The third GOP debate is going down on Wednesday, and it'll be on CNBC. The previous two delivered big ratings to Fox News and CNN respectively, and now a slew of the business and finance channel's on-air personalities will take their turns — Becky Quick, Carl Quintanilla, and John Harwood will be the moderators, and they'll be joined by a panel consisting of Jim Cramer, Sharon Epperson, and Rick Santelli. And in case you're not familiar with them, you might wonder: Who is CNBC's Rick Santelli?

Santelli, 62, is the on-air editor for CNBC, a job he assumed back in 1999. Born in Chicago and raised in a nearby suburb, attending the University of Illinois, and now reporting directly from the Chicago Mercantile Exchange, he's a Prairie State product through and through — he still resides there to this day, with his wife and children.

If you're politically minded, it's quite possible that you've heard his name before, even if you're not a regular CNBC viewer. In reality, Santelli's had a very significant impact on modern American politics, by virtue of his signature on-air schtick — he often spins into vehement on-air rants delivered from the Chicago Mercantile Exchange floor, including an infamous 2009 outburst that's widely credited with spawning the Tea Party movement.

I have an idea, the new administration is big on computers and technology. How about this, President and new administration? Why don't you put up a website to have people vote on the Internet as a referendum to see if we really want to subsidize the losers' mortgages, or would we like to at least buy cars, and buy houses in foreclosure, and give them to people that might have a chance to actually prosper down the road, and reward people that could carry the water instead of drink the water?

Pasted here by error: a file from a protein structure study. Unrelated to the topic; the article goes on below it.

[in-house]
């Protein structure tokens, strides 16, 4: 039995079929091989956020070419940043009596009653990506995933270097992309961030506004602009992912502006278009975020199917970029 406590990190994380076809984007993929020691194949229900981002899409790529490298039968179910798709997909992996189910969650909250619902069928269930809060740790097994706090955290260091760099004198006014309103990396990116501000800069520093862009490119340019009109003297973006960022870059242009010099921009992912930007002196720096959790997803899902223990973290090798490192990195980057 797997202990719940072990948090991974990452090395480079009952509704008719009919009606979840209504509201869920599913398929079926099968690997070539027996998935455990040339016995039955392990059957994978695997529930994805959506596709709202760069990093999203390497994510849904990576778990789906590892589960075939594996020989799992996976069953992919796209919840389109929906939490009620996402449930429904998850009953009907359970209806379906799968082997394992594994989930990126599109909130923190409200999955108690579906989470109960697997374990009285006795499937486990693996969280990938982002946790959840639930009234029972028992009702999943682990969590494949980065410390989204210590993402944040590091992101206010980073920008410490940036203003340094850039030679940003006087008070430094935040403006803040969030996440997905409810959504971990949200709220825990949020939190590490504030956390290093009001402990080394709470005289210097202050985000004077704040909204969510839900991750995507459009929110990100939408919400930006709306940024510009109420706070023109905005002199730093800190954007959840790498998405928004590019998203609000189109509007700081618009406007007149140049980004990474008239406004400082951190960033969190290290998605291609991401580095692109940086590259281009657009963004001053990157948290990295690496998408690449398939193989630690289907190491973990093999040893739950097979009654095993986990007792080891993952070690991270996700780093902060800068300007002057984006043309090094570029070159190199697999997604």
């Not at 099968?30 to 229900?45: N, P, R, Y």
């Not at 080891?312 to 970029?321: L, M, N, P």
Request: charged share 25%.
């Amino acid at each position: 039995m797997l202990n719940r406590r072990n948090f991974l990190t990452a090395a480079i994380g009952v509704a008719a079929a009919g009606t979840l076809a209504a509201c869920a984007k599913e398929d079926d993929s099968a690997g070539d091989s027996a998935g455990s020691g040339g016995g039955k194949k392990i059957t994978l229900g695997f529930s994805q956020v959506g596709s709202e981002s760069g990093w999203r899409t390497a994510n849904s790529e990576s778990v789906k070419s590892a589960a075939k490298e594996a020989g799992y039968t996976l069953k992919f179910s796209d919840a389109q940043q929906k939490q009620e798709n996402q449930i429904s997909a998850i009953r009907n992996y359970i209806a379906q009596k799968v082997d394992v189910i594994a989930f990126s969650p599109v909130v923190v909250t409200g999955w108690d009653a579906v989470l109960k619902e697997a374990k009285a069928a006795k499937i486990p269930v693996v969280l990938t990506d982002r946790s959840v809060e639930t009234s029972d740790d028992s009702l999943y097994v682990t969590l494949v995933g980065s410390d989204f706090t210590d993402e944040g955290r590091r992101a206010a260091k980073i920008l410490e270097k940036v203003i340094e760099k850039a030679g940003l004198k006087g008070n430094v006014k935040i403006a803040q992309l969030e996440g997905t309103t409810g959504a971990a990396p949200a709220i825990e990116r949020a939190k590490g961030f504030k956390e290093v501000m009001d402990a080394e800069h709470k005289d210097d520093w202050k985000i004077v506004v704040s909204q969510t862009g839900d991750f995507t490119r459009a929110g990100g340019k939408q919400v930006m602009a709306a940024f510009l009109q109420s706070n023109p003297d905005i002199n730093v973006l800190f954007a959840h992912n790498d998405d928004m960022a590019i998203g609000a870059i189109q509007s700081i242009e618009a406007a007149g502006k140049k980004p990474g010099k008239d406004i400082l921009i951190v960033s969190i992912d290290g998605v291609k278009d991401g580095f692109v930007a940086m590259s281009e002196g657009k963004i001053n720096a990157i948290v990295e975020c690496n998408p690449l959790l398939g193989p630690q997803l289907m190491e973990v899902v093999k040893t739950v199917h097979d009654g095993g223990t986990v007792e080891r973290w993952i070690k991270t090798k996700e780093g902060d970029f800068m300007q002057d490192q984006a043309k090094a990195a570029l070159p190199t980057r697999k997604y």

Santelli repeatedly castigated homeowners who were facing mortgage foreclosure, and at one point the camera pulled back as he gestured throughout the Chicago Mercantile Exchange, saying, "This is America!" It's the sort of speech that'd you'd imagine sounds badass and inspiring if you're an insular-minded financial trader, and if not, callous and megalomaniacal.

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But clearly not everyone agreed about that — a lot of people got charged up by this call to arms, especially when Santelli uttered the following, incredibly consequential words:

We're thinking of having a Chicago Tea Party in July, all you capitalists that wanna show up to Lake Michigan, I'm gonna start organizing.

That line, in effect, is why we've all been hearing the words "Tea Party" for the last six years. Obviously, the post-2008 political climate was ripe for a virulent, roiled conservative backlash against the Obama administration, so it's entirely possible that one would've similarly sprung up without Santelli's involvement. But what actually happened is that a CNBC personality went on an on-air tirade against "losers" who took out high-interest mortgages (conspicuously not mentioning the predatory banks who issued them), and then in a couple weeks, we had the Tea Party to deal with.


In other words, Santelli has a skill at firing up people who share his aggressively capitalistic, conservative views, and he's going to have a big platform on Wednesday night. According to CNBC, each of the panelists will also be involved in asking questions of the candidates, so it'll be worth paying attention to how he goes about it — in a nationally televised debate, you'd assume he'll have to play things a little closer to the chest.